Brodhead’s record on due process matters, alas, extends beyond his silence. While ignoring FODU’s request that he speak out against the dual-procedure structure, the president did use the letter to discuss procedural matters. “We are eager,” he wrote, “for our students to be proved innocent” at trial.

This is an astonishing conception of due process. Brodhead isn’t a lawyer; his training came in English. But surely he understands—and, if not, his University Counsel does—that the purpose of a trial is not for the accused to “be proved innocent.” Brodhead’s remarks seem to confirm the thesis of Sidney Zion’s Daily Newsarticle, which posited that the players were “innocent until assumed guilty” by the administration and the Group of 88.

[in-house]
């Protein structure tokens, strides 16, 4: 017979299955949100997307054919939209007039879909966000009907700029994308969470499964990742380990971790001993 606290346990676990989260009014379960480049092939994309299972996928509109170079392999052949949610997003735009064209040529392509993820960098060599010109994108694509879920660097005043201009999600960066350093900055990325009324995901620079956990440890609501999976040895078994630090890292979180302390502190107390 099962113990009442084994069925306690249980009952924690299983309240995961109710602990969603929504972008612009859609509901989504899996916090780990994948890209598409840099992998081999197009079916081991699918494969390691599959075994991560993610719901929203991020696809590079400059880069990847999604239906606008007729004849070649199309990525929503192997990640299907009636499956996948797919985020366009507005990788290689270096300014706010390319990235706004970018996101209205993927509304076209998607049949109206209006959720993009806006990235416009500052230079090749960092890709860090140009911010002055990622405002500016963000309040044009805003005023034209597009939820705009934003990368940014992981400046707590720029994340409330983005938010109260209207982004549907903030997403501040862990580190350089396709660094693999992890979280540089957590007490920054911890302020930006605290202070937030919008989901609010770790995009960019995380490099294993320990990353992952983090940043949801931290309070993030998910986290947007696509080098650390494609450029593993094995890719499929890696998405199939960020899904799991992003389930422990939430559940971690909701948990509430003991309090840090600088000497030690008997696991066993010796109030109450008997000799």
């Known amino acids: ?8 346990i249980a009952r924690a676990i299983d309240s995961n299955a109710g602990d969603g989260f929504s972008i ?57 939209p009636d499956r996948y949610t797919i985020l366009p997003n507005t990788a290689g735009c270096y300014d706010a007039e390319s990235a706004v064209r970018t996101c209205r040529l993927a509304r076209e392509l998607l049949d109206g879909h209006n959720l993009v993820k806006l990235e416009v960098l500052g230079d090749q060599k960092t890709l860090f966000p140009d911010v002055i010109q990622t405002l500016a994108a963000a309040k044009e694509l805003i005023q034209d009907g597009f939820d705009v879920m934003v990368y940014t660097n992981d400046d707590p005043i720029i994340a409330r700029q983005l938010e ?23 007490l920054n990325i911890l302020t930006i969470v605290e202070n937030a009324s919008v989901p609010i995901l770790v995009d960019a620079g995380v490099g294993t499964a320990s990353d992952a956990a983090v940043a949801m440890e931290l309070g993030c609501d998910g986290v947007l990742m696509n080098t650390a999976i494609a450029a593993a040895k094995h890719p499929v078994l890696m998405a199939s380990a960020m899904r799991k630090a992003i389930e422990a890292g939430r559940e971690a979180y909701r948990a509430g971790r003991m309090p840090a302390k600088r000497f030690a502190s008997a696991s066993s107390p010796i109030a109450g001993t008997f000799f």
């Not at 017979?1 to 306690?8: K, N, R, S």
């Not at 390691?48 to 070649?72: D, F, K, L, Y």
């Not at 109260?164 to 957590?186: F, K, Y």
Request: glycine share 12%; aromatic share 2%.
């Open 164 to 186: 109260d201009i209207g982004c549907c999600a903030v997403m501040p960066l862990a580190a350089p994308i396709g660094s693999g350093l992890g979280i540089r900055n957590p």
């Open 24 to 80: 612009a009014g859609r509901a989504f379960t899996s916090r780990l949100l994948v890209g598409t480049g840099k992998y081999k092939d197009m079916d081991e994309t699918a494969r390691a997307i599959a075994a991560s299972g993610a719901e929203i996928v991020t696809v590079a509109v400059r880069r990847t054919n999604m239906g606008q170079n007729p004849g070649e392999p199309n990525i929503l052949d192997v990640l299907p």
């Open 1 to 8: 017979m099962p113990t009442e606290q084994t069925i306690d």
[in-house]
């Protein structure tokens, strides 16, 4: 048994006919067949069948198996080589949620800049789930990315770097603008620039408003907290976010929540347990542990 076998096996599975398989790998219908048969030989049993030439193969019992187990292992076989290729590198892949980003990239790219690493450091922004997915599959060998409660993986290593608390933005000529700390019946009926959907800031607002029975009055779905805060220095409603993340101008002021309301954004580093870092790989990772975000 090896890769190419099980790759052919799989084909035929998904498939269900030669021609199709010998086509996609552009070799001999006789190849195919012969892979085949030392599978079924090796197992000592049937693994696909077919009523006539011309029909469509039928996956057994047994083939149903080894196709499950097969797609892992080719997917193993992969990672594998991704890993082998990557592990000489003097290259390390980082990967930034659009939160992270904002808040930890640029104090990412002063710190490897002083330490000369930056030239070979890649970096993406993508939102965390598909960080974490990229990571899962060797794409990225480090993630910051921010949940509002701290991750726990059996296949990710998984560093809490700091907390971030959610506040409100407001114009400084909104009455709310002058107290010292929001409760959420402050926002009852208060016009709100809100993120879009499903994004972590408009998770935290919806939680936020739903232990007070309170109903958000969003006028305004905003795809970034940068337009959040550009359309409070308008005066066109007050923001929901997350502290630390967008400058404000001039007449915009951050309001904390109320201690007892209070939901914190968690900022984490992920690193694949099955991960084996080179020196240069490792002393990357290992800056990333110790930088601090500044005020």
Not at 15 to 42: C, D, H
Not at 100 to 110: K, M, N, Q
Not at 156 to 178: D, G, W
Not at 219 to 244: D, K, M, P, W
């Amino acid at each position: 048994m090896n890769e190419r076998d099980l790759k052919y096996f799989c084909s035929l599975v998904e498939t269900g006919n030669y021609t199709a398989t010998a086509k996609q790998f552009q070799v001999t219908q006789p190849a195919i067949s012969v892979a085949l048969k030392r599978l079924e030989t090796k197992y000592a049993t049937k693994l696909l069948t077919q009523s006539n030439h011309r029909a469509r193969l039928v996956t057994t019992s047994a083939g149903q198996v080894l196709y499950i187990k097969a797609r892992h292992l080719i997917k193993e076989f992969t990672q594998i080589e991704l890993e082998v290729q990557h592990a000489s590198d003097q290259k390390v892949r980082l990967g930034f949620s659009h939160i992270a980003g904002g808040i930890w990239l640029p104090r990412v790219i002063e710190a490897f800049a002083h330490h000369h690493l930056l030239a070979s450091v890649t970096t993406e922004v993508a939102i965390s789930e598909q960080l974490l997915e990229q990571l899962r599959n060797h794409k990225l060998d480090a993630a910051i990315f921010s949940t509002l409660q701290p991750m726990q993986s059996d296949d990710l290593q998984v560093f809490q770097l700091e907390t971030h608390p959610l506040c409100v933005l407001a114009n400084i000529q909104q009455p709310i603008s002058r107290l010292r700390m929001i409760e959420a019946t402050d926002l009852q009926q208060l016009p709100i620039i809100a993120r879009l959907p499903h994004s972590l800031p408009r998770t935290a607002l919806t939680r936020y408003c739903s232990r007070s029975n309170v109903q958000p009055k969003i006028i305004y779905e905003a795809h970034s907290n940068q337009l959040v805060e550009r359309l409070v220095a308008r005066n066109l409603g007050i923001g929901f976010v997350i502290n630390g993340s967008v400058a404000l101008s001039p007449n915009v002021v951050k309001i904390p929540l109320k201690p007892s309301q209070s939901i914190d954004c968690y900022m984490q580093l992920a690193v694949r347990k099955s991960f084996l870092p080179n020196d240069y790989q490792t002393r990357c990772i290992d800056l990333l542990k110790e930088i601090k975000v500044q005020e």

College presidents, obviously, receive no training on responding to the combination of a media firestorm and a renegade local prosecutor. Brodhead seems to have based his actions on one fundamental premise: the players were either guilty or a credible case existed against them. In 99 of 100 such academic crises, this approach would have made sense. But as evidence has mounted that this affair is the exception to the rule, Brodhead has proven unwilling (or unable) to adjust his strategy. The FODU letter gave him an opportunity to do so. That he rejected it is unfortunate for Duke as an institution, for its students, and, ultimately, for his tenure as president.